Neither the CFSAC Charter nor Bylaws mandate the number of days for meetings. Traditionally, there have been four days of meetings per year. In May 2010, there was a single day meeting, but that was to free up the budget for a full day of science presentations in October (plus a two day meeting). As much as we are used to those four days a year, there is no requirement for it. But what will they cut? Will public comment time be reduced? There never seems to be enough time to cover the two day agenda. What steps will be taken to make discussion more efficient? Even if the budget cut is unavoidable, how will CFSAC ensure a minimum negative impact?
The IOM fiasco has created grave concerns in the advocacy community. And CFSAC has fanned the flames with this statement in the listserv announcement:
We continue to work on a contract with the Institute of Medicine (IOM) to develop recommendations for clinical diagnostic criteria. When the contract is finalized, we will provide additional information via the CFSAC listserv and website. This topic will be included as an agenda item for the November webinar. (emphasis added)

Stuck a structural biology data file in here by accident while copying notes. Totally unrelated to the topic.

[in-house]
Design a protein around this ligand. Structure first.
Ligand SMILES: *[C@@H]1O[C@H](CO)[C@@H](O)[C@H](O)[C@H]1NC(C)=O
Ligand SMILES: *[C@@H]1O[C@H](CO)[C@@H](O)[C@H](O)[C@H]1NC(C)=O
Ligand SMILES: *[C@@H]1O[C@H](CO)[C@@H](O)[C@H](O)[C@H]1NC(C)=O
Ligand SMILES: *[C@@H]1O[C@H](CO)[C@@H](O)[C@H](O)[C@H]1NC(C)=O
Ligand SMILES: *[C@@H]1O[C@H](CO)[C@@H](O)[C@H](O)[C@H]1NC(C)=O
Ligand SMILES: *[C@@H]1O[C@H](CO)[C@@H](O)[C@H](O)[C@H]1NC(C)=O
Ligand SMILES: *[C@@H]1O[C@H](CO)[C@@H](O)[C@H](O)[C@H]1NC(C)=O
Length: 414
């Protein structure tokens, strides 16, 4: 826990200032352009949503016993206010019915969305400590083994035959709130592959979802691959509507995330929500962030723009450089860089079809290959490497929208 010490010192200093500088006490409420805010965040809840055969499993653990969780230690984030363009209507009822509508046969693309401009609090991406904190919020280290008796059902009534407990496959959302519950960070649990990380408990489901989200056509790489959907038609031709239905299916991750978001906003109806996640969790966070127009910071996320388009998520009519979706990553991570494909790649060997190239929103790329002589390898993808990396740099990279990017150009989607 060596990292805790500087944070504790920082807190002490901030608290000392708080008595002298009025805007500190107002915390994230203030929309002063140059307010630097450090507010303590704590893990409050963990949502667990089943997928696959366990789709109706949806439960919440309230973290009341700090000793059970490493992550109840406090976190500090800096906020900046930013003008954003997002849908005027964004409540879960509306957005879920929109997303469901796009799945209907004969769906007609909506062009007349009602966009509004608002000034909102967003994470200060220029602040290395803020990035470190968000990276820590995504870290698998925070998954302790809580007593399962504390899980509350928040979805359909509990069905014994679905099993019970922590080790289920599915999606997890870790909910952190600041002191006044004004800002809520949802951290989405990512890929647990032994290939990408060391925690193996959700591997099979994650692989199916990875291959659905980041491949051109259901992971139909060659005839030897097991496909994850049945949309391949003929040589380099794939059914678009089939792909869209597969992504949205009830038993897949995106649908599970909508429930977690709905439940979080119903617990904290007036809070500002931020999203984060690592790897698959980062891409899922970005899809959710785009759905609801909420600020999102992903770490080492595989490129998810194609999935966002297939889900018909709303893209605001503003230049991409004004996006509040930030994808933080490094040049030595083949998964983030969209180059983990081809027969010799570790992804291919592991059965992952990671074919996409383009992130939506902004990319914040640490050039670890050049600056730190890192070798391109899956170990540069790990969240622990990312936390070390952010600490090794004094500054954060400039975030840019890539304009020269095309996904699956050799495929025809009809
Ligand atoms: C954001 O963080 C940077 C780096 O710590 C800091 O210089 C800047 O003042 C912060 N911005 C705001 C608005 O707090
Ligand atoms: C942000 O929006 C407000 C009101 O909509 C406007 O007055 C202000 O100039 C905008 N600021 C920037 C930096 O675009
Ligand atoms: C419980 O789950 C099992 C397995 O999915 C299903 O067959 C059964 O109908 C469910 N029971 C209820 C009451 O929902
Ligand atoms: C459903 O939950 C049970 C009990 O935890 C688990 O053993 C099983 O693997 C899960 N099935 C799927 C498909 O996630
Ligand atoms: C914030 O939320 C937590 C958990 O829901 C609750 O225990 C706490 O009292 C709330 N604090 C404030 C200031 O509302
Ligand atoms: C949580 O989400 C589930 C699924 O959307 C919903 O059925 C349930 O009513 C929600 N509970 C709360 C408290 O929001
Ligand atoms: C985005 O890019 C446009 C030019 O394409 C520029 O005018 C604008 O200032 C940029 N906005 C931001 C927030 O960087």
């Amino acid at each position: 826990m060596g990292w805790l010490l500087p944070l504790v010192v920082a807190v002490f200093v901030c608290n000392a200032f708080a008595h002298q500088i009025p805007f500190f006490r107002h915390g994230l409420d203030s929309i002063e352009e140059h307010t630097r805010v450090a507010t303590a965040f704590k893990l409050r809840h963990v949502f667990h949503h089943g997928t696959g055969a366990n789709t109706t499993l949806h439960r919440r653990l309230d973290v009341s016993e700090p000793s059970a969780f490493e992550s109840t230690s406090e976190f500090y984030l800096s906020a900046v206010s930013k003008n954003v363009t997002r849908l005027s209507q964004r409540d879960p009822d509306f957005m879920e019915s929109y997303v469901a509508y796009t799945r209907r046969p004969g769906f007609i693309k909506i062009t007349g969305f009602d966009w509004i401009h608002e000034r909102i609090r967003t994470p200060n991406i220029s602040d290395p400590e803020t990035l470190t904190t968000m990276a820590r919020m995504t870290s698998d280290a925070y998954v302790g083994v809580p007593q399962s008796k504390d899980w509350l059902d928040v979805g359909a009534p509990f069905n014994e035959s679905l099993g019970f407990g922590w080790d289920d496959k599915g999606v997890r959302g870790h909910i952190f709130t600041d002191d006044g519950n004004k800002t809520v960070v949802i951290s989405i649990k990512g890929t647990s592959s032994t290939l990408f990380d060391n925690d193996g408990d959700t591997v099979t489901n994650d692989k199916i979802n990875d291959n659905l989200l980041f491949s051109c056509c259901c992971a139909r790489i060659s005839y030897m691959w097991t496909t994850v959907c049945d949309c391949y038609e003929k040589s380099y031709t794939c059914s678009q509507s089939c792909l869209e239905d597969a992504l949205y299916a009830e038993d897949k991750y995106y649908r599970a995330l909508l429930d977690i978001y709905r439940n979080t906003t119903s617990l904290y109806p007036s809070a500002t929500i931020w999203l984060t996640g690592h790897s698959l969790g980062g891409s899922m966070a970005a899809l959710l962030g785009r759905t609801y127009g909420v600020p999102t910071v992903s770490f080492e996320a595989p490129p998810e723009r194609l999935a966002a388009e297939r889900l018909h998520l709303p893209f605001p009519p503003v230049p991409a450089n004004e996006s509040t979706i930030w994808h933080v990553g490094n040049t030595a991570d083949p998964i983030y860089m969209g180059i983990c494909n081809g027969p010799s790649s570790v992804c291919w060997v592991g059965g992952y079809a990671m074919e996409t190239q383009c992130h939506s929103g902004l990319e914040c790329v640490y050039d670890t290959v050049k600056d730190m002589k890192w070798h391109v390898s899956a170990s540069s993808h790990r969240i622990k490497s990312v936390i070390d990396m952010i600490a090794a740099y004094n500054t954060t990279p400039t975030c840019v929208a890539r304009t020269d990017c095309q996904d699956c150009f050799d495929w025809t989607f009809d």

Now honestly, what the hell does that mean? So far, I have been unsuccessful in my attempts to get more information. Regardless of what I am able/unable to learn, I think it is abundantly clear that the fall CFSAC meeting is going to be controversial and contentious.
First, we have the unresolved allegations of attempts to intimidate voting CFSAC members for expressing their views. To date, there has been no substantive response to advocates’ request for a formal investigation. As we said in June, “Threats or intimidation of voting members for expressing their views, particularly by the DFO, would materially impair the CFSAC’s ability to formulate recommendations to the Secretary.” There is a huge cloud hanging over this meeting as a result. Will we hear the full and honest opinions of the voting members? Or will the webinar format make it easier to silence certain opinions or select individuals? I’ve moderated phone meetings myself, and it is extremely challenging to give everyone an equal chance to speak, especially when there is disagreement. Without a way for members to virtually raise their hands in some way, I fear that it will be difficult for some members to get a fair shot – even if only because some are more outspoken than others.